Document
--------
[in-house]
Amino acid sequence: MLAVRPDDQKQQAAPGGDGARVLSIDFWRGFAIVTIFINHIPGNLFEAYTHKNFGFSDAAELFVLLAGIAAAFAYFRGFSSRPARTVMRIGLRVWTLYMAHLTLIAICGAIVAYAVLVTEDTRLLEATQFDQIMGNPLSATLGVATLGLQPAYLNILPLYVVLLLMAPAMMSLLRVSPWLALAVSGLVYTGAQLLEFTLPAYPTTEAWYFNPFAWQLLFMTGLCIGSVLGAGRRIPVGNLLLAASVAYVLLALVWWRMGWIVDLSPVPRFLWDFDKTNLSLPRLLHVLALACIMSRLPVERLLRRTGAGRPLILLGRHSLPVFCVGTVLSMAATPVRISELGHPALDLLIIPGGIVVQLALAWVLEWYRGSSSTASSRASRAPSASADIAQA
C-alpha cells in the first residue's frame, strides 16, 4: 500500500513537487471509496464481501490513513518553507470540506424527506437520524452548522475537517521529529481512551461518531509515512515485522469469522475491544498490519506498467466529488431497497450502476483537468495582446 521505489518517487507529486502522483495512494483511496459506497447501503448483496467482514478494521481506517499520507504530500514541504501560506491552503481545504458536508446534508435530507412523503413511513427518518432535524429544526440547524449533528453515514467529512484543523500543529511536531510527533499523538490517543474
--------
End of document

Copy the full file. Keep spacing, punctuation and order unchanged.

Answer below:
[in-house]
Amino acid sequence: MLAVRPDDQKQQAAPGGDGARVLSIDFWRGFAIVTIFINHIPGNLFEAYTHKNFGFSDAAELFVLLAGIAAAFAYFRGFSSRPARTVMRIGLRVWTLYMAHLTLIAICGAIVAYAVLVTEDTRLLEATQFDQIMGNPLSATLGVATLGLQPAYLNILPLYVVLLLMAPAMMSLLRVSPWLALAVSGLVYTGAQLLEFTLPAYPTTEAWYFNPFAWQLLFMTGLCIGSVLGAGRRIPVGNLLLAASVAYVLLALVWWRMGWIVDLSPVPRFLWDFDKTNLSLPRLLHVLALACIMSRLPVERLLRRTGAGRPLILLGRHSLPVFCVGTVLSMAATPVRISELGHPALDLLIIPGGIVVQLALAWVLEWYRGSSSTASSRASRAPSASADIAQA
C-alpha cells in the first residue's frame, strides 16, 4: 500500500513537487471509496464481501490513513518553507470540506424527506437520524452548522475537517521529529481512551461518531509515512515485522469469522475491544498490519506498467466529488431497497450502476483537468495582446 521505489518517487507529486502522483495512494483511496459506497447501503448483496467482514478494521481506517499520507504530500514541504501560506491552503481545504458536508446534508435530507412523503413511513427518518432535524429544526440547524449533528453515514467529512484543523500543529511536531510527533499523538490517543474